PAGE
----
DOJ and FBI now investigating Epstein’s apparent attempted suicide in July

The warden for the prison where accused child sex trafficker Jeffrey Epstein was found dead revealed the Justice Department and FBI are investigating Epstein’s alleged July 23 suicide attempt, in addition to his successful one Saturday.

Lamine N’Diaye, who was removed yesterday from his position at NYC’s Metropolitan Correctional Center by Attorney General William Barr after Epstein was found dead in his prison cell, confirmed in court documents released Wednesday that an internal investigation was completed regarding the July 23 incident, and the ongoing investigations by the FBI and DOJ Inspector General Michael Horowitz into the circumstances surrounding Epstein’s death will also cover the incident from last month.

The Bureau of Prisons said Saturday that Epstein was found “unresponsive in his cell” in the Special Housing Unit that morning following “an apparent suicide.” Many questions remain about why Epstein was reportedly taken off suicide watch despite allegedly being found nearly unconscious on his cell floor with marks on his neck and back.

Although N’Diaye called Epstein’s death an “apparent suicide” on Saturday, he also stressed that “there are no preliminary reports identifying the exact cause of death.” New York City’s chief medical examiner said the official cause of death is still being investigated.

The revelation from N’Diaye about the broader investigation being conducted came in response to a question posed to him Monday by Judge Richard Berman, pressing the former warden on whether the DOJ or the FBI were looking into Epstein’s unsuccessful attempt at taking his own life a couple weeks ago.

“To my knowledge, it has never been definitively explained what the [Bureau of Prisons] concluded about that incident,” Berman wrote to N’Diaye.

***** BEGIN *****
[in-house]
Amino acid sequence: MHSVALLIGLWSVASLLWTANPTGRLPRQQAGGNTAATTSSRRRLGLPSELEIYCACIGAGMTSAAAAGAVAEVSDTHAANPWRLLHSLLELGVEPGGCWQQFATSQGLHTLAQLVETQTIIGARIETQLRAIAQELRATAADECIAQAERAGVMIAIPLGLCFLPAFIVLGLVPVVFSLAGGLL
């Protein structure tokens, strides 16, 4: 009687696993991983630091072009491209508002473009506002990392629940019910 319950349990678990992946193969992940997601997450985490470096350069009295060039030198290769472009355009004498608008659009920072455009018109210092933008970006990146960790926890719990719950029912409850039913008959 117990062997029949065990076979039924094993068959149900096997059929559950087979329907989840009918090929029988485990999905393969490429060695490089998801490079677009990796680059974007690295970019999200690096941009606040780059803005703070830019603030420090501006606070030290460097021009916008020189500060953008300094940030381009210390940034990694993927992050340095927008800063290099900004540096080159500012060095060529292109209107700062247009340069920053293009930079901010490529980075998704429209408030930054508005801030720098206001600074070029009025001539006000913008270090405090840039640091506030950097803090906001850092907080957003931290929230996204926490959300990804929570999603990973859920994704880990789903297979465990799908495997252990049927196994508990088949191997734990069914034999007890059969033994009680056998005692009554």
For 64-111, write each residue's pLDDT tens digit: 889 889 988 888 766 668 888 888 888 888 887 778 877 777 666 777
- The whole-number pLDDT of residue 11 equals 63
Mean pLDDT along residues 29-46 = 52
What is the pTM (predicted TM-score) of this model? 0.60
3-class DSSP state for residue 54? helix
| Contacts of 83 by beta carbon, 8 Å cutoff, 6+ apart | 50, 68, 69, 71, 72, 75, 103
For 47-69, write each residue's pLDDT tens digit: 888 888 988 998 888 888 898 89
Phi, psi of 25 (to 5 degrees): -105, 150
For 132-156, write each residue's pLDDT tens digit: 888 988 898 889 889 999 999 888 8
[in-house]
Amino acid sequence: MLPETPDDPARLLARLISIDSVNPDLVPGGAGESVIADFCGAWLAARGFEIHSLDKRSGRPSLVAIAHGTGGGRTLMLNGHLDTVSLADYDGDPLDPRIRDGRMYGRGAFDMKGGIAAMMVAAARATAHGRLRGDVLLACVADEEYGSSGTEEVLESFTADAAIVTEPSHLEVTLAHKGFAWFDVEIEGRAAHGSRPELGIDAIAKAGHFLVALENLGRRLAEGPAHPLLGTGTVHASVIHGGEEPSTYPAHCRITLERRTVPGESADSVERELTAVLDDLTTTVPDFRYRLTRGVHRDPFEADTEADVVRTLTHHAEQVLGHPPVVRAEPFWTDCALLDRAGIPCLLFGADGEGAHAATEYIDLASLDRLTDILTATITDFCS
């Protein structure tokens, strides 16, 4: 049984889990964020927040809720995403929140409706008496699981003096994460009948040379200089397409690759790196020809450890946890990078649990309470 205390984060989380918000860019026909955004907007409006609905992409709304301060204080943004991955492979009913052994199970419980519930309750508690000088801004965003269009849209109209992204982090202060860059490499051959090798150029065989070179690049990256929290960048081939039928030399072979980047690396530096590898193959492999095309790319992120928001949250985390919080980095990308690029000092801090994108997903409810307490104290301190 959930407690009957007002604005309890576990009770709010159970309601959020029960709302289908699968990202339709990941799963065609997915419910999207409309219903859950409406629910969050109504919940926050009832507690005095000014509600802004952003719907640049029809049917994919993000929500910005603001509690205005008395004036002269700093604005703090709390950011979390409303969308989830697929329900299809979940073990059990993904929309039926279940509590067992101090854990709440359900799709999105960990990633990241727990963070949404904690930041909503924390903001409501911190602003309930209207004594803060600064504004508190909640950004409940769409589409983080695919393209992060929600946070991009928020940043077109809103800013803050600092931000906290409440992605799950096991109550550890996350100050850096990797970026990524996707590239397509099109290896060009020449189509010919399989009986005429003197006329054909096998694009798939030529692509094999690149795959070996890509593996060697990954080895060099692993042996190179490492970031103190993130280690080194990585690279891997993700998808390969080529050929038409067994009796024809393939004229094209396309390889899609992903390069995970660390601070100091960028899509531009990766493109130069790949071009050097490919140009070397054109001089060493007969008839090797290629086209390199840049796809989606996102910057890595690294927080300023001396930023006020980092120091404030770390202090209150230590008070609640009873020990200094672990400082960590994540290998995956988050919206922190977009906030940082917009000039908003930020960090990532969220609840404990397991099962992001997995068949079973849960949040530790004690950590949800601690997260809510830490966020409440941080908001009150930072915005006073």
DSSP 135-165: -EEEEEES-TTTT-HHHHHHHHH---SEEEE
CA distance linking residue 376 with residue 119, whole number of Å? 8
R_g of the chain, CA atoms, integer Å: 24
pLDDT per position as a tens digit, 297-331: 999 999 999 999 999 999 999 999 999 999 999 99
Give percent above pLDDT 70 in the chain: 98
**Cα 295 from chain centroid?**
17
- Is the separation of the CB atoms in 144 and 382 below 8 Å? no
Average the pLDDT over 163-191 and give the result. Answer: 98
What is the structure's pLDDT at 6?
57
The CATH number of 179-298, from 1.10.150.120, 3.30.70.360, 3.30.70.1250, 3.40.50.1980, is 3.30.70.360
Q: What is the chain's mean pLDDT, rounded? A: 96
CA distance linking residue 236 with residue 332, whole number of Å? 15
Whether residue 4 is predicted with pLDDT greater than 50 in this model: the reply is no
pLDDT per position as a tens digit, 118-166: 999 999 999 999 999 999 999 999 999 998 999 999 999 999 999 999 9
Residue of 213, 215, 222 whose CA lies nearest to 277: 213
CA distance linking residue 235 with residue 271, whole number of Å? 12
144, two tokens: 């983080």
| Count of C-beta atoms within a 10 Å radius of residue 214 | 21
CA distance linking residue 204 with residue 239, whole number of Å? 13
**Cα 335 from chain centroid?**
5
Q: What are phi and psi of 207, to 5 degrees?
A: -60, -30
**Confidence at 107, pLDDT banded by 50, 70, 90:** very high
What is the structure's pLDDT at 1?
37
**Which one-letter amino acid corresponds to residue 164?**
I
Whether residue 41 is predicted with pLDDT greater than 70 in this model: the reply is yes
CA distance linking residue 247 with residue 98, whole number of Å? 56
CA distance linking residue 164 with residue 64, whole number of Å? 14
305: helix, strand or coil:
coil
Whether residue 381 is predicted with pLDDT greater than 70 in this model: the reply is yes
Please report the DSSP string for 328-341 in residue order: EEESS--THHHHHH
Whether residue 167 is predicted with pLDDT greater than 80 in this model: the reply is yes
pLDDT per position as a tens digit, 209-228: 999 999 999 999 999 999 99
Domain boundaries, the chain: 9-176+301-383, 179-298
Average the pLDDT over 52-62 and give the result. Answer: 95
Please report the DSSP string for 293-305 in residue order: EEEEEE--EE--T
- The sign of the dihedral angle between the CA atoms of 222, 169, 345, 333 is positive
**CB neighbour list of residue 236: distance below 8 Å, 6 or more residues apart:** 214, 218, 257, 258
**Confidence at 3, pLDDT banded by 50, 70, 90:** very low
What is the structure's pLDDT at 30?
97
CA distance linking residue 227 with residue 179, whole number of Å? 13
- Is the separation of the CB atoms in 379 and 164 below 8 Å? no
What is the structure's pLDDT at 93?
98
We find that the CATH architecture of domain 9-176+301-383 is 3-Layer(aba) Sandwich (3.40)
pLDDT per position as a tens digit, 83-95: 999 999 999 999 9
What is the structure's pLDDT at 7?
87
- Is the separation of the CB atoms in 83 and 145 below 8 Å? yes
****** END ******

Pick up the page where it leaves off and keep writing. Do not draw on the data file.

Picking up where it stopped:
N’Diaye replied Monday that he “cannot divulge any information about the prior investigation at this time.”

Barr said he was “appalled” Monday to learn of Epstein’s apparent suicide and revealed the DOJ was “learning of serious irregularities at this facility that are deeply concerning and demand a thorough investigation.” Barr also said there will be accountability for those who did not do their jobs properly. Numerous reports have emerged about guards not being properly trained, doing overtime shifts multiple days in a row, falling asleep on the job, and potentially falsifying records about how often Epstein was being checked on.

The DOJ announced Tuesday that N’Diaye was reassigned to a regional office pending the outcome of the ongoing investigations.

Epstein, already a convicted sex offender following a sweetheart deal in 2008, was alleged to have “sexually exploited and abused dozens of minor girls” at his homes in Manhattan and Palm Beach, Florida, among other locations, between 2002 and 2005. Prosecutors claimed Epstein enticed and recruited minor girls to engage in sex acts with him and built a “vast network of underage victims.”

Staff Writer
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